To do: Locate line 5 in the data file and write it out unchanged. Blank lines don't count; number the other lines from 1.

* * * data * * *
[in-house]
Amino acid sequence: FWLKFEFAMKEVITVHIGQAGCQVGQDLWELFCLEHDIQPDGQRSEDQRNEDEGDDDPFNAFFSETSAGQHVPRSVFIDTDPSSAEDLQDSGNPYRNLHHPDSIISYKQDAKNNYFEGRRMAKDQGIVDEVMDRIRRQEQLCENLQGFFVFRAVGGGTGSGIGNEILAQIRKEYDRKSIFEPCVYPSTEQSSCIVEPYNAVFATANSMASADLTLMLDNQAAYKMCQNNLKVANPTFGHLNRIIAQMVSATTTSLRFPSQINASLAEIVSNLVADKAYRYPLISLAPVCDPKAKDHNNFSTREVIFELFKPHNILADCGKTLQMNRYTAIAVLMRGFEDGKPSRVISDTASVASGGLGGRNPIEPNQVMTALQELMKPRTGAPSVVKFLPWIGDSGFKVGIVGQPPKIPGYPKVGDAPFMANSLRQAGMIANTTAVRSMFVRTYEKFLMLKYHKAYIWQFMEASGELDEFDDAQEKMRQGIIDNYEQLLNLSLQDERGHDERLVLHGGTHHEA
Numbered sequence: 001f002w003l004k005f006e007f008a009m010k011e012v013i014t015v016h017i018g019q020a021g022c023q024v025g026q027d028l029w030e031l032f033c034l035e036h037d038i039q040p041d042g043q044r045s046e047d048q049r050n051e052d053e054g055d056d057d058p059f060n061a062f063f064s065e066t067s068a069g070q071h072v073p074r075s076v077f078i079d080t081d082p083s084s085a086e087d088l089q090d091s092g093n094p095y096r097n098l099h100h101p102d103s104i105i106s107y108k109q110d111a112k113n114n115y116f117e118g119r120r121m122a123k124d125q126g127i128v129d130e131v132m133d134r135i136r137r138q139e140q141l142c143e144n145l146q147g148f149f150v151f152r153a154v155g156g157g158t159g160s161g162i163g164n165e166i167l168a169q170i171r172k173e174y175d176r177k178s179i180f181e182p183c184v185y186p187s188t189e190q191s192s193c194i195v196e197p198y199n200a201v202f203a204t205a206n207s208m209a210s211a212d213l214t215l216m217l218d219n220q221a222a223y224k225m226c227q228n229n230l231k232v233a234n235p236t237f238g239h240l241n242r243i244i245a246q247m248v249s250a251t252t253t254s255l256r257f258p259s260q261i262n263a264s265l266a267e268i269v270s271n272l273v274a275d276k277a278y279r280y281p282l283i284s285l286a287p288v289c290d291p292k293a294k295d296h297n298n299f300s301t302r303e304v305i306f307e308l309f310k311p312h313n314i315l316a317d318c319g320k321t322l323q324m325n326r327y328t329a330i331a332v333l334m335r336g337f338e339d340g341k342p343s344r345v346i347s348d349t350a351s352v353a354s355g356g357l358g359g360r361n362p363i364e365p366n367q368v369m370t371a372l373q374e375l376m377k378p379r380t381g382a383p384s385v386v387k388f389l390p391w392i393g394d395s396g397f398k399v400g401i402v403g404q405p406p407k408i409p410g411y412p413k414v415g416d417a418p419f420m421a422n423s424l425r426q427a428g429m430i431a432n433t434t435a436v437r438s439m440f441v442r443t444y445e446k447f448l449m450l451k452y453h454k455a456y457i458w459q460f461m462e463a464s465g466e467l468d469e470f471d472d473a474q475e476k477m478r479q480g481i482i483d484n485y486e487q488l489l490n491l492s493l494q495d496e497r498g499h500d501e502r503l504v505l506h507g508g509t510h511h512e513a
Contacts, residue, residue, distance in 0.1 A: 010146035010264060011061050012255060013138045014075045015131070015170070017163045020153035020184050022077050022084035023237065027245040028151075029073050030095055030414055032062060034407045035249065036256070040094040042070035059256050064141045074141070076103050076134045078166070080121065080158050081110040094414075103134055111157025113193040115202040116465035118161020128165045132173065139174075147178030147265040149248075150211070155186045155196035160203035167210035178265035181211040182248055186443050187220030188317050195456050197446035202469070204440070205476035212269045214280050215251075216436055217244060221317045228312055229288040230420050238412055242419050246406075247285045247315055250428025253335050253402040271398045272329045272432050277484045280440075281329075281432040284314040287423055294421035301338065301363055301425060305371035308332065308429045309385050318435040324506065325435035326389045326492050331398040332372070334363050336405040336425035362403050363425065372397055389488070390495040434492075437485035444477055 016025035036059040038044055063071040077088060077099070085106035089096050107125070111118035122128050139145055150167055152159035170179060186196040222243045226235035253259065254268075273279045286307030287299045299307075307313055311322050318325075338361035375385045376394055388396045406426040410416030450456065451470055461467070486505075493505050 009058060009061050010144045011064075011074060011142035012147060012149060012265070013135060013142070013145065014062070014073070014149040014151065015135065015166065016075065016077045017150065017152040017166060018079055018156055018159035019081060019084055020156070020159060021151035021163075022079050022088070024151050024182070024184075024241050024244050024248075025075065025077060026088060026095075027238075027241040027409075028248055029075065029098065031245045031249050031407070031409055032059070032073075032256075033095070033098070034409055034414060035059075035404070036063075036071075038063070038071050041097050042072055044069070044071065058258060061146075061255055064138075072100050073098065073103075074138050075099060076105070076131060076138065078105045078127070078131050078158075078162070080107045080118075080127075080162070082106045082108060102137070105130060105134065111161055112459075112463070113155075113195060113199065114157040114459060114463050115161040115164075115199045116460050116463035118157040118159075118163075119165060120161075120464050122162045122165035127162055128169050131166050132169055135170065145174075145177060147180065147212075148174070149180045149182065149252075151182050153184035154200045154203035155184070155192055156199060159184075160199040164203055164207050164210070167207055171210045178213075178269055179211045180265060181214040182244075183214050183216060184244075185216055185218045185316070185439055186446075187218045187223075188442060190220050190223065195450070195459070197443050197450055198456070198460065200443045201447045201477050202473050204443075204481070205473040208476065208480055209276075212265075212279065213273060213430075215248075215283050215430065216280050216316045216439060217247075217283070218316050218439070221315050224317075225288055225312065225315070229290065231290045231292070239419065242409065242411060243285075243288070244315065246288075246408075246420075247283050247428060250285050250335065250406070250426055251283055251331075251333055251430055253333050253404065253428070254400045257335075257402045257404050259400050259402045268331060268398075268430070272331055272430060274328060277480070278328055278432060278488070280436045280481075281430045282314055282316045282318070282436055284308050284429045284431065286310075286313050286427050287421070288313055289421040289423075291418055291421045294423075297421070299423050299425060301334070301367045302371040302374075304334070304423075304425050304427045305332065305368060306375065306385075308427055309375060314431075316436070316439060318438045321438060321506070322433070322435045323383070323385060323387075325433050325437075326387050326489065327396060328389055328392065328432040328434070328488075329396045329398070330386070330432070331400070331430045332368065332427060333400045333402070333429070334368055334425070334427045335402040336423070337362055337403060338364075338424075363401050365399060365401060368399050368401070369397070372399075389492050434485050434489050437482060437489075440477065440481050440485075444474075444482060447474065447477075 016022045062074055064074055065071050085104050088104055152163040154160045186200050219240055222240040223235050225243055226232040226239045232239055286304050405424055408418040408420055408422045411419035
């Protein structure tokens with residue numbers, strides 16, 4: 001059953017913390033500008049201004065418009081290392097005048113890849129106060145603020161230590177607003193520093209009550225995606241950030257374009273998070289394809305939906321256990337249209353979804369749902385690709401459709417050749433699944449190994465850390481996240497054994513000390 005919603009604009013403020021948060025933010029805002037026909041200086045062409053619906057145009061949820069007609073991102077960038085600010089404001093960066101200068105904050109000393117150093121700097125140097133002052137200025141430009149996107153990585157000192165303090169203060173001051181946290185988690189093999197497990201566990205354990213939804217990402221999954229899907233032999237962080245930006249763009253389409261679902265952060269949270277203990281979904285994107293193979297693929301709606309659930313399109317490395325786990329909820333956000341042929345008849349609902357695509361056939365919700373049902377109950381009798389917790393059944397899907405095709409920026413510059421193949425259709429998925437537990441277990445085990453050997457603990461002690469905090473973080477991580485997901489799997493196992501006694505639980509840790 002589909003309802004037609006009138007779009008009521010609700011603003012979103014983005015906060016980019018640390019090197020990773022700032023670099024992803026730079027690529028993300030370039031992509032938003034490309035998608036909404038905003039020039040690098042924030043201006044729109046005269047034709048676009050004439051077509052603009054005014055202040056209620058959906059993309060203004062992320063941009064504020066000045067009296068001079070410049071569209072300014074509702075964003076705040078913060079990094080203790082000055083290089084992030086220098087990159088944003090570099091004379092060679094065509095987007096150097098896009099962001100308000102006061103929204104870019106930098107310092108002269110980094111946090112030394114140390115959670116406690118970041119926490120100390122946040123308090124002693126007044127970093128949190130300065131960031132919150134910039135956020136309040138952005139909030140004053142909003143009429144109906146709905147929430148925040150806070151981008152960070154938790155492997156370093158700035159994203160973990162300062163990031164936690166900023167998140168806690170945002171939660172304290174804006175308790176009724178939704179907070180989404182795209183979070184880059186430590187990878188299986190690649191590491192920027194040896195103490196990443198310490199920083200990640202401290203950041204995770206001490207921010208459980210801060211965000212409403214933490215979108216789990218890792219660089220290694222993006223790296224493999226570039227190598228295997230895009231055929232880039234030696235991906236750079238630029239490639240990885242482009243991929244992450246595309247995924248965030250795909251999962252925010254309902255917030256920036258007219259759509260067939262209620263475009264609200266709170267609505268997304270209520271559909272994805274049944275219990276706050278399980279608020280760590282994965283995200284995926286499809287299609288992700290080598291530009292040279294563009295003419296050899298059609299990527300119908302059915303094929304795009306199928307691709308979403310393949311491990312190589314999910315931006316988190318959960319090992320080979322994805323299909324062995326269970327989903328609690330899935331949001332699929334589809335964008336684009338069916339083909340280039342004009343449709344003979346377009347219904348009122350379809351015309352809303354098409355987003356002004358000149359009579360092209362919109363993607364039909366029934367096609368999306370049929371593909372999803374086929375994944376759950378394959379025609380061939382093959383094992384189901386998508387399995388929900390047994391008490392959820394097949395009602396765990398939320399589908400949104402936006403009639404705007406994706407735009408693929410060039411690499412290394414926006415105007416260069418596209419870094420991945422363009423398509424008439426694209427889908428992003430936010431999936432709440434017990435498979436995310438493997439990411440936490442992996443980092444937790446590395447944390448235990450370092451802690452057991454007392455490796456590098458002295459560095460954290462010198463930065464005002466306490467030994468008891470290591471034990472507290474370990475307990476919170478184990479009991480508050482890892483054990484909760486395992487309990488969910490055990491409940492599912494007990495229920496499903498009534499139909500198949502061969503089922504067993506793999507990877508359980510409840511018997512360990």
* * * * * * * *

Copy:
């Protein structure tokens with residue numbers, strides 16, 4: 001059953017913390033500008049201004065418009081290392097005048113890849129106060145603020161230590177607003193520093209009550225995606241950030257374009273998070289394809305939906321256990337249209353979804369749902385690709401459709417050749433699944449190994465850390481996240497054994513000390 005919603009604009013403020021948060025933010029805002037026909041200086045062409053619906057145009061949820069007609073991102077960038085600010089404001093960066101200068105904050109000393117150093121700097125140097133002052137200025141430009149996107153990585157000192165303090169203060173001051181946290185988690189093999197497990201566990205354990213939804217990402221999954229899907233032999237962080245930006249763009253389409261679902265952060269949270277203990281979904285994107293193979297693929301709606309659930313399109317490395325786990329909820333956000341042929345008849349609902357695509361056939365919700373049902377109950381009798389917790393059944397899907405095709409920026413510059421193949425259709429998925437537990441277990445085990453050997457603990461002690469905090473973080477991580485997901489799997493196992501006694505639980509840790 002589909003309802004037609006009138007779009008009521010609700011603003012979103014983005015906060016980019018640390019090197020990773022700032023670099024992803026730079027690529028993300030370039031992509032938003034490309035998608036909404038905003039020039040690098042924030043201006044729109046005269047034709048676009050004439051077509052603009054005014055202040056209620058959906059993309060203004062992320063941009064504020066000045067009296068001079070410049071569209072300014074509702075964003076705040078913060079990094080203790082000055083290089084992030086220098087990159088944003090570099091004379092060679094065509095987007096150097098896009099962001100308000102006061103929204104870019106930098107310092108002269110980094111946090112030394114140390115959670116406690118970041119926490120100390122946040123308090124002693126007044127970093128949190130300065131960031132919150134910039135956020136309040138952005139909030140004053142909003143009429144109906146709905147929430148925040150806070151981008152960070154938790155492997156370093158700035159994203160973990162300062163990031164936690166900023167998140168806690170945002171939660172304290174804006175308790176009724178939704179907070180989404182795209183979070184880059186430590187990878188299986190690649191590491192920027194040896195103490196990443198310490199920083200990640202401290203950041204995770206001490207921010208459980210801060211965000212409403214933490215979108216789990218890792219660089220290694222993006223790296224493999226570039227190598228295997230895009231055929232880039234030696235991906236750079238630029239490639240990885242482009243991929244992450246595309247995924248965030250795909251999962252925010254309902255917030256920036258007219259759509260067939262209620263475009264609200266709170267609505268997304270209520271559909272994805274049944275219990276706050278399980279608020280760590282994965283995200284995926286499809287299609288992700290080598291530009292040279294563009295003419296050899298059609299990527300119908302059915303094929304795009306199928307691709308979403310393949311491990312190589314999910315931006316988190318959960319090992320080979322994805323299909324062995326269970327989903328609690330899935331949001332699929334589809335964008336684009338069916339083909340280039342004009343449709344003979346377009347219904348009122350379809351015309352809303354098409355987003356002004358000149359009579360092209362919109363993607364039909366029934367096609368999306370049929371593909372999803374086929375994944376759950378394959379025609380061939382093959383094992384189901386998508387399995388929900390047994391008490392959820394097949395009602396765990398939320399589908400949104402936006403009639404705007406994706407735009408693929410060039411690499412290394414926006415105007416260069418596209419870094420991945422363009423398509424008439426694209427889908428992003430936010431999936432709440434017990435498979436995310438493997439990411440936490442992996443980092444937790446590395447944390448235990450370092451802690452057991454007392455490796456590098458002295459560095460954290462010198463930065464005002466306490467030994468008891470290591471034990472507290474370990475307990476919170478184990479009991480508050482890892483054990484909760486395992487309990488969910490055990491409940492599912494007990495229920496499903498009534499139909500198949502061969503089922504067993506793999507990877508359980510409840511018997512360990």